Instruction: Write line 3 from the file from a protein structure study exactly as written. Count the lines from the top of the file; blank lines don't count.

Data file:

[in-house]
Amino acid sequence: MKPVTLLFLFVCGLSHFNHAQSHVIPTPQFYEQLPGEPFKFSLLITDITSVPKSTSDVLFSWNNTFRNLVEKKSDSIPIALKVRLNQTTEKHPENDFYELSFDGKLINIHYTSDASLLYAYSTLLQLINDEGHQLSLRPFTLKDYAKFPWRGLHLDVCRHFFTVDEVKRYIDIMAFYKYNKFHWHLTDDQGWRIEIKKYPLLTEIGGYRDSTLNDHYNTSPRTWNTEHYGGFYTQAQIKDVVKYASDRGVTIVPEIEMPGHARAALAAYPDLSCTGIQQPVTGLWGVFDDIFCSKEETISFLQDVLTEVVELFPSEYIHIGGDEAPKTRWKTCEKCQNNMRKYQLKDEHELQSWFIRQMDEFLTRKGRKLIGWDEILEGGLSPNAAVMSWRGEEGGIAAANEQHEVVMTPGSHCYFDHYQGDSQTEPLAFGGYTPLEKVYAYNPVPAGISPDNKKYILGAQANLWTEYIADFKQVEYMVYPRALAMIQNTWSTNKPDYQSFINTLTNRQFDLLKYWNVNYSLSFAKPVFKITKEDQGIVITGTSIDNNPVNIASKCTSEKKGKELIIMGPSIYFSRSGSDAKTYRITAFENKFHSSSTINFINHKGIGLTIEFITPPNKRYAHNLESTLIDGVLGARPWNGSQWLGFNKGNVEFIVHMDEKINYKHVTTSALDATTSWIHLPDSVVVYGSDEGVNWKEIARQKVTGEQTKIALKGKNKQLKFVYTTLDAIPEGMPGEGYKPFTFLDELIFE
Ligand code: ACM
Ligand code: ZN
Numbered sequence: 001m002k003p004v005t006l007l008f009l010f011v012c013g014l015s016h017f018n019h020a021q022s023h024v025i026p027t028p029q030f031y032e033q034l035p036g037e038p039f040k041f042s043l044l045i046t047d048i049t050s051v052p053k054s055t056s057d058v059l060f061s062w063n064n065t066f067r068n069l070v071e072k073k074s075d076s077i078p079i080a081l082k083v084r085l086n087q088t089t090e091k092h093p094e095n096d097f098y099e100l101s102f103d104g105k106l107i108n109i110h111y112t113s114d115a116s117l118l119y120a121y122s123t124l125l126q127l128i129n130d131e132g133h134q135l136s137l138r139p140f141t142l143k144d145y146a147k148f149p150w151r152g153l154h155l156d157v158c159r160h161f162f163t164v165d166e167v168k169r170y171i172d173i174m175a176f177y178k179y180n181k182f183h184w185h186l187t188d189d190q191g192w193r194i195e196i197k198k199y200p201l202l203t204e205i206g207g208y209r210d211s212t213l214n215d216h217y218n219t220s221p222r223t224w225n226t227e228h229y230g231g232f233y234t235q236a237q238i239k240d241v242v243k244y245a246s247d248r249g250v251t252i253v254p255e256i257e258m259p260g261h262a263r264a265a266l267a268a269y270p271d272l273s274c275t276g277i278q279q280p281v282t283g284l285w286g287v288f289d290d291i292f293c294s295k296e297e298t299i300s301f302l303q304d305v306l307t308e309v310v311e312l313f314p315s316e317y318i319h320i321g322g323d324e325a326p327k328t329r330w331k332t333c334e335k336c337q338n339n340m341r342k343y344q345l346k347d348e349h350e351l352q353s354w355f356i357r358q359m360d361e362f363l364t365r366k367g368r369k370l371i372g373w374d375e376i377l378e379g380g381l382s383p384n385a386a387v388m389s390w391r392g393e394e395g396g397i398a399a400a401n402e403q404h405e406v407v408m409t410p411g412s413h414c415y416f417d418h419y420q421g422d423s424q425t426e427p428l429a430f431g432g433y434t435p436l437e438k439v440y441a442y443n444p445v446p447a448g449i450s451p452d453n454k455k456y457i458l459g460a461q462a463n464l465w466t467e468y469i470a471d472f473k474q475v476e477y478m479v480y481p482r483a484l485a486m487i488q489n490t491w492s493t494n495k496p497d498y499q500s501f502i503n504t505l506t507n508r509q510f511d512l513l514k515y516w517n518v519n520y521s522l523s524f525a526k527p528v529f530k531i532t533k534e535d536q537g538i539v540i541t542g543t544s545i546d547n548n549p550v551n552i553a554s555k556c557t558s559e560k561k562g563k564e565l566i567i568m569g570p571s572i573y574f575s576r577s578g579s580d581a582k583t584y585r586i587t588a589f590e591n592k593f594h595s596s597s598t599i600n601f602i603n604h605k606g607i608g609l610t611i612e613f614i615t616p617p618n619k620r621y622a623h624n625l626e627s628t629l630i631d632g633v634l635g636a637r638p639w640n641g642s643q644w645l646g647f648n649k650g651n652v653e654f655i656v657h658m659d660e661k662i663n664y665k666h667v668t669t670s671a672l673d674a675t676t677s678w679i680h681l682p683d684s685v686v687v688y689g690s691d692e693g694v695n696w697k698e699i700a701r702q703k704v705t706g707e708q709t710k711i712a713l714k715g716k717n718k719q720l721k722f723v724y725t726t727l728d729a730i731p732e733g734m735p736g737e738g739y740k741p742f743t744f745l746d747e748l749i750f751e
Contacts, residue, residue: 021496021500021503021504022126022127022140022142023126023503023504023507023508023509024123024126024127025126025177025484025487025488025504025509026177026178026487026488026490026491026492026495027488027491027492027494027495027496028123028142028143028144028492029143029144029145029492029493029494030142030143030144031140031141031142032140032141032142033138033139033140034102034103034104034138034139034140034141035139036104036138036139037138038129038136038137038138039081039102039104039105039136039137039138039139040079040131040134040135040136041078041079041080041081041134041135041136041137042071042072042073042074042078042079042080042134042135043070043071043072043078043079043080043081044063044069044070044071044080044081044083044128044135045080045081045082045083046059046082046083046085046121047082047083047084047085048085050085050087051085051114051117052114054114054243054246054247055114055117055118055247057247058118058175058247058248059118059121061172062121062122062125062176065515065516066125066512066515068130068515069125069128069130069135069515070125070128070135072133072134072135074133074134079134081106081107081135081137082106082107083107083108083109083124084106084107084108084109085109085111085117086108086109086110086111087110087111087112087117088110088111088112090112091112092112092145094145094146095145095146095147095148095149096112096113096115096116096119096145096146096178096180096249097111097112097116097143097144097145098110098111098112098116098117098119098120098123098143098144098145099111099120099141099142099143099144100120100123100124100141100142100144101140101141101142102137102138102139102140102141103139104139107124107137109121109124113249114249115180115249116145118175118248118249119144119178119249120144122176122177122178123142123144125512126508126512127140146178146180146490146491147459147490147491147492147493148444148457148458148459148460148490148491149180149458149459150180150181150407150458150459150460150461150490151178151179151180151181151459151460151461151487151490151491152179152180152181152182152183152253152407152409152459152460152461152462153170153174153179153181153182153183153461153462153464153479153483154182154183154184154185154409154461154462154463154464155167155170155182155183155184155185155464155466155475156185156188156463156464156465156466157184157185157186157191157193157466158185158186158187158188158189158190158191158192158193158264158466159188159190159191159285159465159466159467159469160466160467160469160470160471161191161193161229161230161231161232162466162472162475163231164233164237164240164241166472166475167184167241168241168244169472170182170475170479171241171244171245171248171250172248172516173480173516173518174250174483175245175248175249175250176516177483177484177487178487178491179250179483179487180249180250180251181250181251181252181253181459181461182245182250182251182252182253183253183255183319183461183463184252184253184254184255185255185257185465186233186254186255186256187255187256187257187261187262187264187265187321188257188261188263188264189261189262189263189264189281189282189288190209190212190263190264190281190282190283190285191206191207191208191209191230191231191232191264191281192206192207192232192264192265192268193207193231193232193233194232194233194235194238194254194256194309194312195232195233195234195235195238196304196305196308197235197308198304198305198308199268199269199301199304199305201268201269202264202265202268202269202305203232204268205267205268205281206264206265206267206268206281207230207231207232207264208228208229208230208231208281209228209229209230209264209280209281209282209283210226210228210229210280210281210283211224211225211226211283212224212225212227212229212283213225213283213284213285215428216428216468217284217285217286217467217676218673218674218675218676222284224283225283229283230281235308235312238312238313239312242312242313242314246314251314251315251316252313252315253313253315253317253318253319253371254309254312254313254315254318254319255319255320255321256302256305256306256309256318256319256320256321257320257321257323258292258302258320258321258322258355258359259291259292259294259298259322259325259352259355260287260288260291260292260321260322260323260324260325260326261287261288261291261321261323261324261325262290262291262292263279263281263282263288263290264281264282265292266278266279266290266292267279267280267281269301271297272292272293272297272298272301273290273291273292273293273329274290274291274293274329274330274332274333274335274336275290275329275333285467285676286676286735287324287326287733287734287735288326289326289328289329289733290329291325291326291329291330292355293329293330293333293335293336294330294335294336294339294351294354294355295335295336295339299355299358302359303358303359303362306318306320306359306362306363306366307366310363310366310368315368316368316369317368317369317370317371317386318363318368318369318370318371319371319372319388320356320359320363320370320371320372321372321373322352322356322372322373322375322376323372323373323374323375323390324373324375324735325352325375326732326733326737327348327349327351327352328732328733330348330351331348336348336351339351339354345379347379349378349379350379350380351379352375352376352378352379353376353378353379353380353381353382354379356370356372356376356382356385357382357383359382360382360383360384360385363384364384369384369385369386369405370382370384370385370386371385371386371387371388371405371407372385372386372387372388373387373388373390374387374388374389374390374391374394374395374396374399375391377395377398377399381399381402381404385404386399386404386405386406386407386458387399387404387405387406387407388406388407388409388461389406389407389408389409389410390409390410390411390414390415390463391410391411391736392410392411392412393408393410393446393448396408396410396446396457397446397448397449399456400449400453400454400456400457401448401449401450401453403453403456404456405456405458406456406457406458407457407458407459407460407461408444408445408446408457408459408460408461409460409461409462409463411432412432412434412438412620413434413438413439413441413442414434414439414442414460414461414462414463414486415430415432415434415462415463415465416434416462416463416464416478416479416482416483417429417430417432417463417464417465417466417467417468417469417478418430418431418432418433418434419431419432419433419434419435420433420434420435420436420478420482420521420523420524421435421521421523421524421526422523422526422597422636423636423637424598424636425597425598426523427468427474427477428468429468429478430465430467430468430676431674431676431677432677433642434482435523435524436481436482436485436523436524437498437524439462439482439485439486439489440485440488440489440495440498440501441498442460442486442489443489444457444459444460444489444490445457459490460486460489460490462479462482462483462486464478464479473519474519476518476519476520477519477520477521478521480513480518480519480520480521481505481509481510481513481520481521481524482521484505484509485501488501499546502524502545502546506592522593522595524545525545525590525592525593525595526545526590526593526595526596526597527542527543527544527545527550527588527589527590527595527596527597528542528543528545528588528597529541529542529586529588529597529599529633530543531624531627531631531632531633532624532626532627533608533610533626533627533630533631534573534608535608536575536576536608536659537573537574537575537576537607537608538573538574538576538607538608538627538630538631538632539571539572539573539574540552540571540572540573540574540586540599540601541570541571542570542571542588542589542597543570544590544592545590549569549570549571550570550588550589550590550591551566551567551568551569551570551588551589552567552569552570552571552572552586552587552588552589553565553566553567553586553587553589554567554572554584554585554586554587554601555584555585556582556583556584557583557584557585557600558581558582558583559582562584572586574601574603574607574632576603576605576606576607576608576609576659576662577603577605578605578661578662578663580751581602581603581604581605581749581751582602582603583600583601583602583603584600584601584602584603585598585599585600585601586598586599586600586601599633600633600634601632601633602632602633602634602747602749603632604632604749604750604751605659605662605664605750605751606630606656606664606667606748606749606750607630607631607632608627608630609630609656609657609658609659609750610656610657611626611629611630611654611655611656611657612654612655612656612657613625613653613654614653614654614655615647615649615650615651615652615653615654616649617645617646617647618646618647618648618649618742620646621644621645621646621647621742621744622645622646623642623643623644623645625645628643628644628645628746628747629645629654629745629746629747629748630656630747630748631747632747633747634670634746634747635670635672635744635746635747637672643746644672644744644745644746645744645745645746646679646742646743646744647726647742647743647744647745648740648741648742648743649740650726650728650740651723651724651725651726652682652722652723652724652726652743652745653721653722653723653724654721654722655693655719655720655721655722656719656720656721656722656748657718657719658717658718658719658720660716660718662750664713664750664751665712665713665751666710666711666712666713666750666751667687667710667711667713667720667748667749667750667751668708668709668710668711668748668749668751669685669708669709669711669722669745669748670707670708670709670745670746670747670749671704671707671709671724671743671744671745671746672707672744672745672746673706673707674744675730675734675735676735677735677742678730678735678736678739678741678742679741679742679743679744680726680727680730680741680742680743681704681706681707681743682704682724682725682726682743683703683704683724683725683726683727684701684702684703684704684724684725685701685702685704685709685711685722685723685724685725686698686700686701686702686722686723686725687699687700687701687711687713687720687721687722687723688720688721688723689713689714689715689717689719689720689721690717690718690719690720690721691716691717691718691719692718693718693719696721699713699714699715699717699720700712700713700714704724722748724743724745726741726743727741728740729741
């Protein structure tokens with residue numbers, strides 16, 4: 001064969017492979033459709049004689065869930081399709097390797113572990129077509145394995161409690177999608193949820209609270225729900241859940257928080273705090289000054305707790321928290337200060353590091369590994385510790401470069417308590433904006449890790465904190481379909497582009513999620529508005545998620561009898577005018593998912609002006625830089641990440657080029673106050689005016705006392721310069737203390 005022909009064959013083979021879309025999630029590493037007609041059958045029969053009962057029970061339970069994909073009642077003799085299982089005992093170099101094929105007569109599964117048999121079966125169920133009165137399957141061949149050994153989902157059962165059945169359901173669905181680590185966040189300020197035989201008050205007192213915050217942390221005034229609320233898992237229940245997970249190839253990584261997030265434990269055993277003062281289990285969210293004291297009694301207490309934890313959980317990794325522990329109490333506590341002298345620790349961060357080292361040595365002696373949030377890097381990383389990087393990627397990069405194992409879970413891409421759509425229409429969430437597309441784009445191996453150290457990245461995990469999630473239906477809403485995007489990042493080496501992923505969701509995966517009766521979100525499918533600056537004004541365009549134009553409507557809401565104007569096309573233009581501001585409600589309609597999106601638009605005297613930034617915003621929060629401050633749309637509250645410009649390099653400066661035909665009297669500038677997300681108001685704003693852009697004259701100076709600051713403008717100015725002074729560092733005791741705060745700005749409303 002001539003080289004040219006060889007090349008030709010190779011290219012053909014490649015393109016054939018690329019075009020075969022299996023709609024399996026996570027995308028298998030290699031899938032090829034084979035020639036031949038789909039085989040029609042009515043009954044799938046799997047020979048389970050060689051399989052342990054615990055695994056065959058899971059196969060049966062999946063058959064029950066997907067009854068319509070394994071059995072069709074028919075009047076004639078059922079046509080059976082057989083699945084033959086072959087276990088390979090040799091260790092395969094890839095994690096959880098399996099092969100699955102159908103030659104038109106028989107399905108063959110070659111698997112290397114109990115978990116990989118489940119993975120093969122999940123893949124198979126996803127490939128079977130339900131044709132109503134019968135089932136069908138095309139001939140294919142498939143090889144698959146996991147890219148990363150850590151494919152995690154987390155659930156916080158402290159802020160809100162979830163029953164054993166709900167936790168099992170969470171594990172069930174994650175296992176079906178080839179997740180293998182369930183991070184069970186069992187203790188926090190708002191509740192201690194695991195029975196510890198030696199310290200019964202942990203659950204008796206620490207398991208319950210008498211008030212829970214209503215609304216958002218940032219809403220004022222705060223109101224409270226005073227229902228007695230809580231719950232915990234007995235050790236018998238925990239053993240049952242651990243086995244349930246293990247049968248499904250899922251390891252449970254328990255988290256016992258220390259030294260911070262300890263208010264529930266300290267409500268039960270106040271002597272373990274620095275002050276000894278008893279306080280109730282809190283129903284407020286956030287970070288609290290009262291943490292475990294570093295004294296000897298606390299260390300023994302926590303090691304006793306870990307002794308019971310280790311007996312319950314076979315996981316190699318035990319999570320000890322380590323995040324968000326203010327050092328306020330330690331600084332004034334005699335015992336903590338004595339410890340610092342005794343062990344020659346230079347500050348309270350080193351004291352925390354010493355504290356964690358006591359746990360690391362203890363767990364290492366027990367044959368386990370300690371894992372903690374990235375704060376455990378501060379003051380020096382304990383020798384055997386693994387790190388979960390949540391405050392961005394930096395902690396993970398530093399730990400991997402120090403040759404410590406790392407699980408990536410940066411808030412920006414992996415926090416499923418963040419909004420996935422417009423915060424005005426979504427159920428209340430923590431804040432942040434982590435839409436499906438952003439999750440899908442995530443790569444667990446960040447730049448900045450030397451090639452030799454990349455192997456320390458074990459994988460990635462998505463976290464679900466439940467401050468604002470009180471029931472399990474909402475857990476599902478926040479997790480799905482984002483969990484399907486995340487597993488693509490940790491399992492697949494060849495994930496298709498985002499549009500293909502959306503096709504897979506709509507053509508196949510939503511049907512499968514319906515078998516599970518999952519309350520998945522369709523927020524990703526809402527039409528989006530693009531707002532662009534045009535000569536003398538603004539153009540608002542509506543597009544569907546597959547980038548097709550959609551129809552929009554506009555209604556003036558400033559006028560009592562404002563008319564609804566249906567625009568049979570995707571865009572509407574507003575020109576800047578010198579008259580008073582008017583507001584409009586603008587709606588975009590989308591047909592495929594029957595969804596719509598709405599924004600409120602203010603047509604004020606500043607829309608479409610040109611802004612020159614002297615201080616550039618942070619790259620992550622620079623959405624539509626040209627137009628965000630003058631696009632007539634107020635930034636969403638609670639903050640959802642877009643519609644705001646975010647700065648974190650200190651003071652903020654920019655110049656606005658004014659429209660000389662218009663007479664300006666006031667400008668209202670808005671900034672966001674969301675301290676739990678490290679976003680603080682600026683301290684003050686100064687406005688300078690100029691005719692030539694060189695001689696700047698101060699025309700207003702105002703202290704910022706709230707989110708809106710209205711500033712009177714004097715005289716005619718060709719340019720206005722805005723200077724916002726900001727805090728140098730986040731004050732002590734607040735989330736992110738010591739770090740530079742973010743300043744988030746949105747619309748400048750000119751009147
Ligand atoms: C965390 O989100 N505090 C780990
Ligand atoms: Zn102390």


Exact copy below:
Ligand code: ACM